History and Origin of the Pocket Knife

There are some things that once you start doing, it’s hard to go back to the way things were before. Carrying a pocket knife, for instance, is one thing that’s hard to give up once you start doing it. Carrying a pocket knife for work purposes is incredibly handy. Most useful for opening packages, breaking down boxes, cutting plastic wrap, cutting string and so much more. Once you start using it at work, every problem you encounter outside of work looks like it could be solved with your pocket knife. That’s how wonderful they are, it’s one of the best and most versatile tools ever made. Not surprisingly, this means that the pocket knife is just one more tool we take for granted and it’s another tool that we don’t know who the inventor is, but it’s a tool with enough documentation that you can at least put together a timeline.

The first pocket knifeSo far, the oldest “pocket knife” that has been unearthed was a blade from Hallstatt, Austria dated to around 500 – 600 BC – nearly 2,000 years before the invention of pockets! Of course calling it a pocket knife would be inaccurate, it’s named such most likely because it was the first folding knife similar to the modern pocket knife. This first pocket knife featured a handle made of bone and was likely used by salt miners and other support jobs in the village. Similar folding knives have been found with Roman military and even Viking artifacts, though those would likely have been meant for last ditch weapons and tools for tradesmen/farmers respectively. The design was obviously a good one as the general concept has survived up to today with little change.

Though the folding “pocket knife” has been around a couple thousand years with little change, there were some important innovations along the way. The biggest game changer was of course improvement in metallurgy. Metalworking greatly improved as blacksmiths and metallurgists developed better iron and finally steel. Sheffield, England is notable in that they had iron of excellent quality and were the first to make the first slip joint knife with a spring action. Besides these two game changing things, Sheffield also was the first to make knives in a large volume and at a relatively low cost, and of these knives, many were designed and made to tackle specific tasks. Sheffield pocket knives helped lay the groundwork for establishing the standard for pocket knives.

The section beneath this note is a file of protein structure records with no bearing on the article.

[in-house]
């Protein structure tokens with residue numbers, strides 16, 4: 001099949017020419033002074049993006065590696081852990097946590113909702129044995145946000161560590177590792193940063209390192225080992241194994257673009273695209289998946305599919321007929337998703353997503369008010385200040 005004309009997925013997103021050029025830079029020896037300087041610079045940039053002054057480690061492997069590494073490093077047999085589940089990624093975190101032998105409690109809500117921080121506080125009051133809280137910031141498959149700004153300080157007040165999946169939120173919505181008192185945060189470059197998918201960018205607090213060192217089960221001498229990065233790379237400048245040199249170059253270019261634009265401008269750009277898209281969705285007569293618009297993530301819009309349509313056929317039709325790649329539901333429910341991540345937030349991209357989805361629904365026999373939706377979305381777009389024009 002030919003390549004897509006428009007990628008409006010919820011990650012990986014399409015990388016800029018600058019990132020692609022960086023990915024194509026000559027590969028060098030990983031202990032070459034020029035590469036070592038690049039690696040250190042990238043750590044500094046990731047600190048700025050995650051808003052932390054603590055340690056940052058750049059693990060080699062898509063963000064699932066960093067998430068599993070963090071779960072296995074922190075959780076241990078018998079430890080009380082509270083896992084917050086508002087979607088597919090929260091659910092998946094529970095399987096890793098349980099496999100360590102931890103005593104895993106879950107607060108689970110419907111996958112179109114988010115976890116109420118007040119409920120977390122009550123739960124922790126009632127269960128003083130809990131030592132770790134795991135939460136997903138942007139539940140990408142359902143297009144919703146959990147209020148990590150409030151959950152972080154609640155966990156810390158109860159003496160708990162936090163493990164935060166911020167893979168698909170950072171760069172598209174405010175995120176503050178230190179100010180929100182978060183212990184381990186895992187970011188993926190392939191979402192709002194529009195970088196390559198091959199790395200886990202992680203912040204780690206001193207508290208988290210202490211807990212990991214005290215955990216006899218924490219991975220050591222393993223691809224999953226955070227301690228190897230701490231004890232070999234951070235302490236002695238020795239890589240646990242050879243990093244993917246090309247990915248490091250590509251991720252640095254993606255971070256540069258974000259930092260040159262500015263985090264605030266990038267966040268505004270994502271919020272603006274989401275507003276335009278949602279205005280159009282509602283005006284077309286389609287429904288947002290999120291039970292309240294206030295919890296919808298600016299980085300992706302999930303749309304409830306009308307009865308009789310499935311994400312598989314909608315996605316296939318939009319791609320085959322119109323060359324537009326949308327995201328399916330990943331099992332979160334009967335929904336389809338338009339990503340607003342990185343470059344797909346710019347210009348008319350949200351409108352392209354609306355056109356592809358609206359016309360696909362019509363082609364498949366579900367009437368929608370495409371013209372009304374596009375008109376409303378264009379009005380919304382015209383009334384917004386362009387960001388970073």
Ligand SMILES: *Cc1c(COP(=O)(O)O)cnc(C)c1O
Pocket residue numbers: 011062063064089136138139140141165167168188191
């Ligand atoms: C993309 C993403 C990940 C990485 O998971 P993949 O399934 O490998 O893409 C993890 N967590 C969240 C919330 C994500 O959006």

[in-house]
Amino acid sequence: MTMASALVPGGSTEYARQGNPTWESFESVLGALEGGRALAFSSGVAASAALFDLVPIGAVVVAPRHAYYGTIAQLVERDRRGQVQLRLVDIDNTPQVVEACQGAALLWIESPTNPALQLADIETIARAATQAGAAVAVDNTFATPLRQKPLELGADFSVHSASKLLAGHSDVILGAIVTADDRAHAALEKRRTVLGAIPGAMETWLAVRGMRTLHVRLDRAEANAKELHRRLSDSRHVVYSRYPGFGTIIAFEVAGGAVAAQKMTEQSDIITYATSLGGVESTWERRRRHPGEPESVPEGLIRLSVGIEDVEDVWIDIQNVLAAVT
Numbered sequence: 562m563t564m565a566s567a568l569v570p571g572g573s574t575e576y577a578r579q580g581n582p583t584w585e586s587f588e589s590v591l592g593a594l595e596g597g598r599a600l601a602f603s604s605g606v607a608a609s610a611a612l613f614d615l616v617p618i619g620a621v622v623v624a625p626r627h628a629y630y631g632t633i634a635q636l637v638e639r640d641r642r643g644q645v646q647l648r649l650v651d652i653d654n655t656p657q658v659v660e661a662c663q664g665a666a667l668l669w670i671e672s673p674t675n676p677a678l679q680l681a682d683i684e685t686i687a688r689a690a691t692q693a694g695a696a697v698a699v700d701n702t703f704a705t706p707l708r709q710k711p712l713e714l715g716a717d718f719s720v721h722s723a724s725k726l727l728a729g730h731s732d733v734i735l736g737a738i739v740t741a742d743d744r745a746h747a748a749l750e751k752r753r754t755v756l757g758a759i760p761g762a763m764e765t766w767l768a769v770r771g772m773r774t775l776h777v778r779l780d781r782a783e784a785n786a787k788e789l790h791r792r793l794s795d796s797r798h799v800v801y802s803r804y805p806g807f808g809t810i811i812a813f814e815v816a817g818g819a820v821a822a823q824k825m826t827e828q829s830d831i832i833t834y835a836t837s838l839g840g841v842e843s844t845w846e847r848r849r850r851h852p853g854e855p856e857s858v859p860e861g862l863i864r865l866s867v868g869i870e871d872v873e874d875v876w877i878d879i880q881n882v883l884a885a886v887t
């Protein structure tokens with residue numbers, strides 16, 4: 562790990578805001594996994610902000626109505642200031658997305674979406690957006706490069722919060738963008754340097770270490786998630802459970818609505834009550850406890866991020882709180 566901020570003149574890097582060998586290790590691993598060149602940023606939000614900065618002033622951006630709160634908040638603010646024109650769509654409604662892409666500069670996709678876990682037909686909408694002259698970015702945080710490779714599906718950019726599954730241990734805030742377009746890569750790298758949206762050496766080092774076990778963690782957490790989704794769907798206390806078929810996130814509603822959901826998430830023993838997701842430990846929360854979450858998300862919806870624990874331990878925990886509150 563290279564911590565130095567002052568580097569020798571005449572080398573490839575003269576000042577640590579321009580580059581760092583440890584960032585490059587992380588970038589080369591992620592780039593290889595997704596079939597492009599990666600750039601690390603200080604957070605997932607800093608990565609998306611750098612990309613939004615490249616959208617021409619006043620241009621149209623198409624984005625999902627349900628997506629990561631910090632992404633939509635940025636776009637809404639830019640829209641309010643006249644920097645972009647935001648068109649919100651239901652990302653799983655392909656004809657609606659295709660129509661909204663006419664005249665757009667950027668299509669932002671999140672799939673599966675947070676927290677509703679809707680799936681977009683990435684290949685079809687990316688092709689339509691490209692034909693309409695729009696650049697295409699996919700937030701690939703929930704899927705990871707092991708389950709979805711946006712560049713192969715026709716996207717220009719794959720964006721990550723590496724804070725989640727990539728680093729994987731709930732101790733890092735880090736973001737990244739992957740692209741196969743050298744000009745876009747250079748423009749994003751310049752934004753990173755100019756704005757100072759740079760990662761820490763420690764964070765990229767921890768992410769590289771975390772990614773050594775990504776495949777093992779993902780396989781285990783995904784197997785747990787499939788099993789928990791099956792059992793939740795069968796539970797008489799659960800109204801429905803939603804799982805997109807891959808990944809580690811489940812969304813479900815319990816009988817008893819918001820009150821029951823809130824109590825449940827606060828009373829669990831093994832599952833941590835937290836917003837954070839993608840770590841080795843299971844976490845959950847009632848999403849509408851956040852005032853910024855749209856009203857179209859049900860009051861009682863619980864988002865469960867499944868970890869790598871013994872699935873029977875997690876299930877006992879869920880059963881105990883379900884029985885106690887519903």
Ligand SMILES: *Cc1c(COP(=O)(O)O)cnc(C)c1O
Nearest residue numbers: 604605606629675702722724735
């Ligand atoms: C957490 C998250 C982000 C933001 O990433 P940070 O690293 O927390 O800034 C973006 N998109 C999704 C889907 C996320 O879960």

Coast knife and Klein KnifeWhile this standard pocket knife stuck around for centuries, it wasn’t until the 1890’s when two knife makers independently made some revolutionary changes to what a pocket knife could do in the modern age. On one hand, the Swiss government had contracted with Victorinox to develop a knife that their soldiers could also use to open canned food with. The designer, Karl Elsener went way above and beyond by creating pivot point mechanisms in the knife which made it possible to add many other handy tools. The Swiss Army Knife is still the benchmark for pocket knives today, but their popularity really picked up after World War II when American soldiers who loved the knife brought them home to the States in large quantities. The Opinel brand, originating in France, was started by Joseph Opinel who had come up with 12 different knives designed for various tasks. Other brands soon followed these two trailblazers with brands like Buck knives and Gerber establishing themselves in the early 1900s.

Once the Swiss Army Knife demonstrated the possibilities of what a pocket knife could do, many variations popped up. The slip joint knife locked the blade into place to keep the blade under control when being used or during non-use. Others like the Barlow knife featured a second blade, the Camper which was basically styled after the Swiss army knife, the Canoe knife which has a blade on either end and is shaped somewhat like a canoe, the Congress knife is a slip joint with 4 blades – two on each side, and boasting ¾ more blades than are needed (was that a political statement by the maker?), the Peanut knife which is just small, the Pen knife which was originally used for sharpening writing quills, the Sodbuster, aka modern day Peasant Knife, and really many, many more.

There really is a pocket knife for any and all situations and it’s a tool that has been with humanity for a long time. Here at Haus of Tools we’ll be selling a number of high quality pocket and work knives including those made by Coast, Klein and many more. We’d love to hear about your favorite knife and what you use it for on Facebook or other social media.


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